“Although it is likely only a small effect, a temperature minimum region in other stars could result in us underestimating the amount of dust present in a cold debris disc surrounding it,” says Dr Liseau.
“But armed with a more detailed picture of how Alpha Centauri A shines, we can hope to make more accurate detections of the dust in potential planet-bearing systems around other Sun-like stars.”
“These observations are an exciting example of how Herschel can be used to learn more about processes in our own Sun, as well as in other Sun-like stars and the dusty discs that may exist around them,” says Göran Pilbratt, ESA’s Herschel Project Scientist.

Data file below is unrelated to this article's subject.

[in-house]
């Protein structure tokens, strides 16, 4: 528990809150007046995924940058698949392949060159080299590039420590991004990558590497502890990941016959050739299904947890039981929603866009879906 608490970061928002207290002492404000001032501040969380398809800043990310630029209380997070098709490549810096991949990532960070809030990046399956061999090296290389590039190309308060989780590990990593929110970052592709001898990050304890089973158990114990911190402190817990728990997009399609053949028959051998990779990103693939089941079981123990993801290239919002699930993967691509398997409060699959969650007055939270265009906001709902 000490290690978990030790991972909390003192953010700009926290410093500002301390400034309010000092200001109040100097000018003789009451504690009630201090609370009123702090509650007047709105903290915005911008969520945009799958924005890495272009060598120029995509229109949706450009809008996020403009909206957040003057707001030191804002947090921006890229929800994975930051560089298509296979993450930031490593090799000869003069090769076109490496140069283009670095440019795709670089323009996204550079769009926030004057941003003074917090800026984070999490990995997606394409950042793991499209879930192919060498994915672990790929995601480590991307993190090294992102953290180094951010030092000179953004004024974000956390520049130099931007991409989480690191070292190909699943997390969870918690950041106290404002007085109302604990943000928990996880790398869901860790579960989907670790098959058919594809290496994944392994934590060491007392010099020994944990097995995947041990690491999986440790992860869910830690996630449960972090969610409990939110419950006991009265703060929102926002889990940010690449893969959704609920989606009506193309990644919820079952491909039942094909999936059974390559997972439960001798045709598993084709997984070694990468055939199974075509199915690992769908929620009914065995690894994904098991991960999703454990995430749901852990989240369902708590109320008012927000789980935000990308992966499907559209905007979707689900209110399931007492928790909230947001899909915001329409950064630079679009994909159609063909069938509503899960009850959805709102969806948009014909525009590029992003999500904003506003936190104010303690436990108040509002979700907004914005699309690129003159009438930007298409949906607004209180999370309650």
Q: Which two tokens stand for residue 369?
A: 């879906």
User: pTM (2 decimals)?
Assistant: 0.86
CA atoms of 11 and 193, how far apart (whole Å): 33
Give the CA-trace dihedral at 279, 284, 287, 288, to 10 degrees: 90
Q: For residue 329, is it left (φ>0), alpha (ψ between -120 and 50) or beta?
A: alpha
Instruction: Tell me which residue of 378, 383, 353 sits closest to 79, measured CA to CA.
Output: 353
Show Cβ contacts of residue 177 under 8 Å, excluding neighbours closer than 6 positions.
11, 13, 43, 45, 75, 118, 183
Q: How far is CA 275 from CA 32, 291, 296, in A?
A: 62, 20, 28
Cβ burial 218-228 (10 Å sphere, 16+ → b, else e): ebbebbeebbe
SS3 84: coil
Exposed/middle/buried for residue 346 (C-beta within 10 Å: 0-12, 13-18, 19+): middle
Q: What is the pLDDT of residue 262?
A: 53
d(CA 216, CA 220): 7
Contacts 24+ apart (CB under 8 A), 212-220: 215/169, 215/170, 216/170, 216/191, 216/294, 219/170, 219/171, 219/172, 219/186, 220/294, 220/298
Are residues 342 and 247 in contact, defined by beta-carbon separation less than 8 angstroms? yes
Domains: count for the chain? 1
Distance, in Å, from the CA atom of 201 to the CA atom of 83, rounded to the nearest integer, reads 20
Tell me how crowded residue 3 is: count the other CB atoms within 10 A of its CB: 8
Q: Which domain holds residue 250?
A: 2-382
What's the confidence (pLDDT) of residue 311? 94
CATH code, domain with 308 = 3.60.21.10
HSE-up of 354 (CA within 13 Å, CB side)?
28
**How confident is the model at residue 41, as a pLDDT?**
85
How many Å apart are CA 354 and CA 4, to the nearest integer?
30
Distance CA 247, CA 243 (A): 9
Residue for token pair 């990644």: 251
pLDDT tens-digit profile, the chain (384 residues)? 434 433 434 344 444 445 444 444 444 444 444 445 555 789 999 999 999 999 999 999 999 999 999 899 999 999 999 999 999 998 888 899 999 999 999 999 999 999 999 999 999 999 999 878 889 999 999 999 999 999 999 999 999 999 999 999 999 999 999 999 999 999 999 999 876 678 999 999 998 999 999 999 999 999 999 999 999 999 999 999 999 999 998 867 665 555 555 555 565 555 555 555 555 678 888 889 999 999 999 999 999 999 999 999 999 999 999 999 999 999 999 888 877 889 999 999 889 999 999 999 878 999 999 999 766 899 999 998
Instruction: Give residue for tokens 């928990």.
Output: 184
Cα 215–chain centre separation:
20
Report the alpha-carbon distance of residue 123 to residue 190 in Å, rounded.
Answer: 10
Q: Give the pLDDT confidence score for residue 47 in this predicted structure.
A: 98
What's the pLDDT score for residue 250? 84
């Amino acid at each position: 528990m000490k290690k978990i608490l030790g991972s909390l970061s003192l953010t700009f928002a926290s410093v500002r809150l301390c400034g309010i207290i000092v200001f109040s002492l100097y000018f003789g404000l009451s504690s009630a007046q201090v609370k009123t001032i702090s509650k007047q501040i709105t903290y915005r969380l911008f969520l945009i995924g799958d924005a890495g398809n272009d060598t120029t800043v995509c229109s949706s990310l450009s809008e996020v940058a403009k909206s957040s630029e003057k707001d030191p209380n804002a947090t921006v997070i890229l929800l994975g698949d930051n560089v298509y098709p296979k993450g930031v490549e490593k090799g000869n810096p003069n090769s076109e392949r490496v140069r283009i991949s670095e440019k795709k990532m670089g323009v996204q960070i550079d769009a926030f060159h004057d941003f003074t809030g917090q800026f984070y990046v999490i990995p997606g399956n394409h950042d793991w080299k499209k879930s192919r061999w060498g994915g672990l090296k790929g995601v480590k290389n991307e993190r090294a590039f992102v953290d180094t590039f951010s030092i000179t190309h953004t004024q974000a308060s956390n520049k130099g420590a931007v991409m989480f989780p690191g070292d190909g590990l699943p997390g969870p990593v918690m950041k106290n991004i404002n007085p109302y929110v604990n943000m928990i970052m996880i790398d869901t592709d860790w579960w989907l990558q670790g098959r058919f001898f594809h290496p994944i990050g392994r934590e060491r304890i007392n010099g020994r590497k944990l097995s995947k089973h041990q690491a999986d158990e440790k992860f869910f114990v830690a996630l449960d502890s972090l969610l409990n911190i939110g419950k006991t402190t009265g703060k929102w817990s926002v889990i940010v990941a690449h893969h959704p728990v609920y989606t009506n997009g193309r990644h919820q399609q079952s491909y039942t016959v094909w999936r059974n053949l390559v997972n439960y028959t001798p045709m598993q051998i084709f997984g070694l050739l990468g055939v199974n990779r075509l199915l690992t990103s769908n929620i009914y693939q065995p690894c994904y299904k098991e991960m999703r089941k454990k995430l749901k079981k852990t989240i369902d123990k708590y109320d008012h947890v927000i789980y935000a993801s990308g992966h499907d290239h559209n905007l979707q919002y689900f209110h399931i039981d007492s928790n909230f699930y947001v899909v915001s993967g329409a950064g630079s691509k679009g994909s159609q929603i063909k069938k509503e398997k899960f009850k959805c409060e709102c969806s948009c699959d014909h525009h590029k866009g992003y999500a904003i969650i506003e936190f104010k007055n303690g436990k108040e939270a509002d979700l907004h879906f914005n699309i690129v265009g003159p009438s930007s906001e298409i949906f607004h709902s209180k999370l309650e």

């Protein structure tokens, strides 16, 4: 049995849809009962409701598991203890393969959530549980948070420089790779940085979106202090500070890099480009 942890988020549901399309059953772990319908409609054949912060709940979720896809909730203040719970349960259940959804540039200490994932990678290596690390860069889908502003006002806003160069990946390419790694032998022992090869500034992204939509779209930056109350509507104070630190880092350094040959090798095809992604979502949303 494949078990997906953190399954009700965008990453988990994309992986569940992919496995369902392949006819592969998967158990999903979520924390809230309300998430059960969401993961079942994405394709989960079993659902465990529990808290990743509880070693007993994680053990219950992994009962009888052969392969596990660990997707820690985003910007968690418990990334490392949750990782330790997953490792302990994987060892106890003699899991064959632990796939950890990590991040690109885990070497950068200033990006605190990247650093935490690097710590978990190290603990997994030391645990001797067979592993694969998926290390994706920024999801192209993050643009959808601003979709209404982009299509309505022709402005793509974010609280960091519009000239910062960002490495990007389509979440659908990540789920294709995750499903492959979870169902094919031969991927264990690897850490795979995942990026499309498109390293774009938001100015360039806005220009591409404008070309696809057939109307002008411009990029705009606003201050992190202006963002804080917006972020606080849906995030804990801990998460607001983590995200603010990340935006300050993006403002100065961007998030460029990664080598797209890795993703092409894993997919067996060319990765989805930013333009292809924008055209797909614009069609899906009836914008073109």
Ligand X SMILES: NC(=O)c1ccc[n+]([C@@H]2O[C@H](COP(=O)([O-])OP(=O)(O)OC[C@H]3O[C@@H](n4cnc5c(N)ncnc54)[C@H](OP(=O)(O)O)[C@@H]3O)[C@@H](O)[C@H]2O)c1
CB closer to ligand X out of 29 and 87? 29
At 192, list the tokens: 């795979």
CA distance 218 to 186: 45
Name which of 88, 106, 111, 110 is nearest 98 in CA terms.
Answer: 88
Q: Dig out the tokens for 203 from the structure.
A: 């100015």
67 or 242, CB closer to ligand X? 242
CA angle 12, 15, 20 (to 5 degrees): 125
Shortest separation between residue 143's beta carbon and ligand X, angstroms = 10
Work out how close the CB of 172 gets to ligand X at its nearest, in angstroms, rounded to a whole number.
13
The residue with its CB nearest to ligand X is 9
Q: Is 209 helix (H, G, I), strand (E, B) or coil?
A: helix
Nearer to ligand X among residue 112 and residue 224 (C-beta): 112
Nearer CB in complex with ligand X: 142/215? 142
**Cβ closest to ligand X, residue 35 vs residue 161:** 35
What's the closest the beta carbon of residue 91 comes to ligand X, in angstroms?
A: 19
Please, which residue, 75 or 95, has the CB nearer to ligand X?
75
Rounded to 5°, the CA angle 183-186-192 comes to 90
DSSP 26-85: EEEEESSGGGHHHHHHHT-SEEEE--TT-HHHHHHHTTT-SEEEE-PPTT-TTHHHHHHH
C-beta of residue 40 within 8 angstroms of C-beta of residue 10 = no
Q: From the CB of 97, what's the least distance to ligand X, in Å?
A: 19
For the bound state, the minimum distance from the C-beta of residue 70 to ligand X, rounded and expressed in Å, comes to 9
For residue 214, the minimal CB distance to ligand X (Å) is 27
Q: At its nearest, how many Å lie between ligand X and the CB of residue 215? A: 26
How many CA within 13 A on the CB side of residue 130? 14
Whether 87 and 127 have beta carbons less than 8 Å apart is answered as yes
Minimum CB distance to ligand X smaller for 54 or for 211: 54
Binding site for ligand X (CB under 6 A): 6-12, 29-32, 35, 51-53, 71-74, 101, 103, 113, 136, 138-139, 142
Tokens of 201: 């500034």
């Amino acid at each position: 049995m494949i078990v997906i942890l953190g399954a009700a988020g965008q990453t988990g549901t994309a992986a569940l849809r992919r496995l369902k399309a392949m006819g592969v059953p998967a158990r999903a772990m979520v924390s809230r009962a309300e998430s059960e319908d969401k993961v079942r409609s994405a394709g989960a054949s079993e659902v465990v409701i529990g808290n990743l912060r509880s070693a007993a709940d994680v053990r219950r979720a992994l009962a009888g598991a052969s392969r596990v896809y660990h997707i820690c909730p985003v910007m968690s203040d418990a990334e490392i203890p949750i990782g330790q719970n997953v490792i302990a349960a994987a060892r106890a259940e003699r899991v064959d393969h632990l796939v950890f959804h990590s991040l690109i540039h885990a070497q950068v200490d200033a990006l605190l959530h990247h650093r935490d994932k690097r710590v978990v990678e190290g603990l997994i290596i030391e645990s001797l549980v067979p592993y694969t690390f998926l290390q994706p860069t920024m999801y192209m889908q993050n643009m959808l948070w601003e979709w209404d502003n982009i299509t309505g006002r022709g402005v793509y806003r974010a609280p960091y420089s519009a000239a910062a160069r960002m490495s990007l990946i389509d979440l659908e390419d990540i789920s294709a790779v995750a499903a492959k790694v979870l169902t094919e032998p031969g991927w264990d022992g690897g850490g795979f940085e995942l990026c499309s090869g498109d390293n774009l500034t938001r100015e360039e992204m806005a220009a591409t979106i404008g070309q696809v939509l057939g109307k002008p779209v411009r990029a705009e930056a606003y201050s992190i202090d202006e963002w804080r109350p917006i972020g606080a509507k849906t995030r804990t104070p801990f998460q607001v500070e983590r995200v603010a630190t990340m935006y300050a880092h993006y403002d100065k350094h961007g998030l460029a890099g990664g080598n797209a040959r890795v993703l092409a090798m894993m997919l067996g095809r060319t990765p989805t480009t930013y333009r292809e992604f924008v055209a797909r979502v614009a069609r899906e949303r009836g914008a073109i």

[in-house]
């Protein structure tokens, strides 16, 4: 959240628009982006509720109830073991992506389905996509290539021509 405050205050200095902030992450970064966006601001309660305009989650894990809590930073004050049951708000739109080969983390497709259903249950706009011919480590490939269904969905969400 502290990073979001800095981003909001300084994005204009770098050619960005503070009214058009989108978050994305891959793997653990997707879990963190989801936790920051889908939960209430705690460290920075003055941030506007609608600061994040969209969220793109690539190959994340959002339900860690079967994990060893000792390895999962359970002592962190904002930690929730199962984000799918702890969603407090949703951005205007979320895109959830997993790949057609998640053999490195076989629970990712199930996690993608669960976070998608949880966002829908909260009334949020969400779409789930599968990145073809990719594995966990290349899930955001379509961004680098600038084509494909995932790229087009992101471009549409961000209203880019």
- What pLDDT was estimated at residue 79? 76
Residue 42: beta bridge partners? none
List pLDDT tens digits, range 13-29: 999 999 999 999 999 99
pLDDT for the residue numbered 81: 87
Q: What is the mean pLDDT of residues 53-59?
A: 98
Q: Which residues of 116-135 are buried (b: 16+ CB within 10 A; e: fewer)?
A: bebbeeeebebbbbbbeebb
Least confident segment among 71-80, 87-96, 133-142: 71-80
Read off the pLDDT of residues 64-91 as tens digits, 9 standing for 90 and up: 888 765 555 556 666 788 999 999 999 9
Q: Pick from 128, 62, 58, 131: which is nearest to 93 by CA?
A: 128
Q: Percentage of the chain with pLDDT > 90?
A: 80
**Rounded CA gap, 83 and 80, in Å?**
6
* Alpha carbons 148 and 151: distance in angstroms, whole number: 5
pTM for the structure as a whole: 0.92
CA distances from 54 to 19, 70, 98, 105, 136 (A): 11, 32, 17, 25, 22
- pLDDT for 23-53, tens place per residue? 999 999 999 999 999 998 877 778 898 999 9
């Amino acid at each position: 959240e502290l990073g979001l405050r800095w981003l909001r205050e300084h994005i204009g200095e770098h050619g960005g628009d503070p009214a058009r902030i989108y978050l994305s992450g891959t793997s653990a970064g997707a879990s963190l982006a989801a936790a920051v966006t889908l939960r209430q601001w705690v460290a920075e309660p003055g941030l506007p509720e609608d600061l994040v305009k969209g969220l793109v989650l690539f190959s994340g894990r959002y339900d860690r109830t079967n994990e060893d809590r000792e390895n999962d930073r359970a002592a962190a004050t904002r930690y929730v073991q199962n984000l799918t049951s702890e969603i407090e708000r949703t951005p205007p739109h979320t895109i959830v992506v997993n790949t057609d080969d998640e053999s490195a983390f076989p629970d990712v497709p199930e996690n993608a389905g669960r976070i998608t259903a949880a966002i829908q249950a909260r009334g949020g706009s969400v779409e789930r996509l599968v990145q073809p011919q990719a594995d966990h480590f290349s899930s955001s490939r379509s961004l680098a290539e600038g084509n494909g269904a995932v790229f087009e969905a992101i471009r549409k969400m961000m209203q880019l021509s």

ESA Science and Robotic Exploration Communication Officer
Tel: +31 71 565 6799
Mob: +31 61 594 3 954
Chalmers University of Technology, Onsala Space Observatory, Sweden
Tel: +46 31 772 55 05
ESA Herschel Project Scientist
Tel: +31 71 565 3621